Following Disney Investor Day in December 2020, all fans wanted to talk about was the surge of Marvel and Star Wars announcements. While fresh looks at The Falcon and the Winter Soldier and Loki as well as title cards for Ahsoka and Lando left audiences with enough to speculate on for months, the House of Mouse had plenty of reveals that went beyond the world of superheroes and the galaxy far, far away. There was official confirmation on the Percy Jackson reboot, a surplus of National Geographic originals, and even a spin-off from the critically-acclaimed Toy Story film franchise centered around Buzz Lightyear.
The aforementioned space ranger project came with a twist: this Lightyear film would not be about Tim Allen's famous action figure, but rather "the hero who inspired the toy." Even without any of the iconic Toy Story voice cast returning, Lightyear immediately got on audiences' radar when, on the same day that the film was announced, Captain America star Chris Evans would be taking on the lead character.
18 months after it was announced, Lightyear has landed on Earth.
Lightyear: An Ideal Legacy Spin-Off
In a summer movie season filled with returns to famous film franchises, Lightyear not only holds its own, but certifies itself as the family-friendly adventure that audiences have been waiting for. It does not shatter any glass ceilings, but Lightyear meets that Pixar gold standard that the animation giant has re-established for decades.
Much of that is due to the vocal talent on board, captained by one of Earth's mightiest A-Listers. Beyond the charisma coming from the audio booth, Lightyear's story, cinematography, and overall vibe will leave fans smiling.
With many movies running at well over two hours these days, Lightyear clocks in at a refreshing 105 minutes, but moves even quicker than that. Lightyear hits the ground running from the opening scene and doesn't look back until the credits roll.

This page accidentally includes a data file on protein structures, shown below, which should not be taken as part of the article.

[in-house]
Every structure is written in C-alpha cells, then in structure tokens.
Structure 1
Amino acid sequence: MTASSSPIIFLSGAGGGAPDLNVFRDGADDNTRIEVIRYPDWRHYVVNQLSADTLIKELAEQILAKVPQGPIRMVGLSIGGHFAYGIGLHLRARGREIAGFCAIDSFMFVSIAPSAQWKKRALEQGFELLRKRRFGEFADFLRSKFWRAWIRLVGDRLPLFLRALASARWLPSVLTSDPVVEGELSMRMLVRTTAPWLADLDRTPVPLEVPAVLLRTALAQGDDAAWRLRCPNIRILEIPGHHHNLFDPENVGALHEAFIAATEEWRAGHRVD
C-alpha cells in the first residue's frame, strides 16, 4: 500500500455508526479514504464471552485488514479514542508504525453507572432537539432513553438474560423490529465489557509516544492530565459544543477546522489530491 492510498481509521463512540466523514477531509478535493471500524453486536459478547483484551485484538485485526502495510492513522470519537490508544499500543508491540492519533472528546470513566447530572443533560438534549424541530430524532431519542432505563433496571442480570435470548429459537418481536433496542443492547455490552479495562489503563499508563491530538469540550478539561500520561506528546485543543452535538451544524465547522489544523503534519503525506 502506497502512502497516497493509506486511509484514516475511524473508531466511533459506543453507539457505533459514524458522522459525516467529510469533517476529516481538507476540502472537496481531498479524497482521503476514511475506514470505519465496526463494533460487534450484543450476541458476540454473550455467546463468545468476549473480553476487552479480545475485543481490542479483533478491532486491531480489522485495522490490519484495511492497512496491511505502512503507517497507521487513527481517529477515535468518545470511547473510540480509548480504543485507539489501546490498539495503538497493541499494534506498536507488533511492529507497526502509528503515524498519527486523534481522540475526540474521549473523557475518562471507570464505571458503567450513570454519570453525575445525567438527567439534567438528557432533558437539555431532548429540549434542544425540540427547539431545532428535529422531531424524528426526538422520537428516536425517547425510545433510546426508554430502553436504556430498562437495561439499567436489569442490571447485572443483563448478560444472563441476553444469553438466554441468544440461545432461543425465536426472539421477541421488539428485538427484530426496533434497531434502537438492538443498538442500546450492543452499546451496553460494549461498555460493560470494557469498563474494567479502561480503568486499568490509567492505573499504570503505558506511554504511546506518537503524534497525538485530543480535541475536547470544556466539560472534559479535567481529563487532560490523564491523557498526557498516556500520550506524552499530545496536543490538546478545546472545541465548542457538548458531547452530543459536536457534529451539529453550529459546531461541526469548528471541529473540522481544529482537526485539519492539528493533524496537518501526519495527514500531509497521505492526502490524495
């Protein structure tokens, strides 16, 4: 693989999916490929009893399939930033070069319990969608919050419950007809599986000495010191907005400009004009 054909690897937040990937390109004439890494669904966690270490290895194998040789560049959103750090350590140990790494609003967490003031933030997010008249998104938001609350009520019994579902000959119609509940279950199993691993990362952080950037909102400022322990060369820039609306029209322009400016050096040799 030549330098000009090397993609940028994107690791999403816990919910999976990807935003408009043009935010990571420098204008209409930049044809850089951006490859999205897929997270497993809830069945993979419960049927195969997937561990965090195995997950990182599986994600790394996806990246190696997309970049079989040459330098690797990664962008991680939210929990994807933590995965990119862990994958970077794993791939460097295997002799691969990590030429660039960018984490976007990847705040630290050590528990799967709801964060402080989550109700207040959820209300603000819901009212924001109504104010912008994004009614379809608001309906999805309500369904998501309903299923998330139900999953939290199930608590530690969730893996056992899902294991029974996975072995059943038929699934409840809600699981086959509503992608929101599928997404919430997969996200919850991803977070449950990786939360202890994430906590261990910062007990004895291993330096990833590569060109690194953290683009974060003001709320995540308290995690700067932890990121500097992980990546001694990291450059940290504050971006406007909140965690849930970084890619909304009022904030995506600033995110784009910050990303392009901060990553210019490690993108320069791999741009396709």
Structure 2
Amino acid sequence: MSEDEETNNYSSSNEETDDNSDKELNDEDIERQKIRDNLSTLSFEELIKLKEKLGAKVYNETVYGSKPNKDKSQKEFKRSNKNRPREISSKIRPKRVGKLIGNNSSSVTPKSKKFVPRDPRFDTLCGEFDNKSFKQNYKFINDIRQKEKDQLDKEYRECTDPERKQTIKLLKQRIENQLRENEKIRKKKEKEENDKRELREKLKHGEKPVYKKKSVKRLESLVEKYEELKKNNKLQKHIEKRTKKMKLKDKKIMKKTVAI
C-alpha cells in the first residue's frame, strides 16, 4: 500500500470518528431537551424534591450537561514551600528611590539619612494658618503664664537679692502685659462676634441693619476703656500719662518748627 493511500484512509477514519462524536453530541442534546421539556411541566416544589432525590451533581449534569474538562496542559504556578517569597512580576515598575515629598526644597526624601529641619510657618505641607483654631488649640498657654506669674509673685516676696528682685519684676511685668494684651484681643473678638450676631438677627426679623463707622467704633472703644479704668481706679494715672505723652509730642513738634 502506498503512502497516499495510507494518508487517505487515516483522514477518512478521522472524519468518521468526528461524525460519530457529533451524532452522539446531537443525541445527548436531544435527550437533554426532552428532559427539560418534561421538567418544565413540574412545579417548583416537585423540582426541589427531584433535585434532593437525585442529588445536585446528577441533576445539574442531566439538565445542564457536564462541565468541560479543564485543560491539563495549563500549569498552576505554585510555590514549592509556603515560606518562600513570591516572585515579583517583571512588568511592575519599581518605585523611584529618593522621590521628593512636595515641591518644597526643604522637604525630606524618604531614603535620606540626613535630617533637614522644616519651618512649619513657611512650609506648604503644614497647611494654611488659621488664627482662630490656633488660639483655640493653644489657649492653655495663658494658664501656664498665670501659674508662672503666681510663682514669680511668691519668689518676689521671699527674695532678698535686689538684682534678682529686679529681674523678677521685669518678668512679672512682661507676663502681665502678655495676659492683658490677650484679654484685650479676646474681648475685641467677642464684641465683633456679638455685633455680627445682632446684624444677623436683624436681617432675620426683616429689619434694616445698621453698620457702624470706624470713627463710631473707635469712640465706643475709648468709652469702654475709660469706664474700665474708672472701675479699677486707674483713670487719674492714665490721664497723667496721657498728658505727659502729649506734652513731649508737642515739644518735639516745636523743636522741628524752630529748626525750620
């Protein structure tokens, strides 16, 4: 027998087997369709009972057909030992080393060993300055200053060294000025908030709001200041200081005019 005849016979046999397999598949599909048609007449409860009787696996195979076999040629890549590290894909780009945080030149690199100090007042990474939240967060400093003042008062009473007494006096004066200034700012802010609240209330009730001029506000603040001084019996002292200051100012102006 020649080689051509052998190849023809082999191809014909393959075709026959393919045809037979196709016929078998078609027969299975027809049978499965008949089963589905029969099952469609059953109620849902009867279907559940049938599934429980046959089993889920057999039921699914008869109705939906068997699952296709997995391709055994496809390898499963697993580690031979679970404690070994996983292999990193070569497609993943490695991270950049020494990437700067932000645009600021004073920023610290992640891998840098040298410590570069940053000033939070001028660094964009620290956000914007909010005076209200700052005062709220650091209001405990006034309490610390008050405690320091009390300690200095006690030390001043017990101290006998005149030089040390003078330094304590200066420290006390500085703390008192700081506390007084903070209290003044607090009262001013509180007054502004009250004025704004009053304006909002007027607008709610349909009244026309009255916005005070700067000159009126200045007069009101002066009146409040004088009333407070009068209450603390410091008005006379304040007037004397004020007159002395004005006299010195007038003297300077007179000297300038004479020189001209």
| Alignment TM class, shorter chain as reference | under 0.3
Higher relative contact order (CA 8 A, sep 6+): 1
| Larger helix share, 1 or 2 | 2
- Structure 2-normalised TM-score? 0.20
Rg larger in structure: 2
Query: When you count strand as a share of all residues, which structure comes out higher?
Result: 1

Even as it races along, the film's pacing keeps up for its full runtime. There is some of that famous Pixar complexity woven into the narrative, but its explanation is accessible enough for audiences to understand in real-time, rather than piecing it together after key scenes have already passed.
That narrative's specifics are inexplicable without getting into spoiler territory, but know that the premise of Buzz's other-worldly adventure is just the surface story.
Aside from their thought-provoking themes, Pixar films have an irreplicable energy to them that Lightyear very much captures. Many elements go into that secret formula, but most of it can be boiled down to lively pacing and witty dialogue.
The reason Lightyear is able to achieve that accessible acceleration is due to its impressive writing. Director Angus MacLane and co-screenwriter Jason Headley deliver a script that audiences will be mesmerized by. Remember that one-shot conversation between Iron Man, Spider-Man, Doctor Strange, and the Guardians of the Galaxy in Avengers: Infinity War?
Strange: Wait, what, Thanos? All right, let me ask you this one time. What master do you serve?
Star-Lord: What master do I serve? What am I supposed to say? Jesus?
Tony: You’re from Earth?
Star-Lord: I’m not from Earth. I’m from Missouri.
Tony: Yeah, that’s on Earth dip-s--t. What are you hassling us for?
That essence and vibe from this Infinity War scene is in numerous Lightyear moments. While MacLane and Headley's writing needed to reach a level of cleverness to make that possible, the script was only half the battle.
Evans Captains a Mighty Cast
Lightyear's cast is not as deep as some animated ensembles, but its four pillars are more than enough to take this film to infinity and beyond.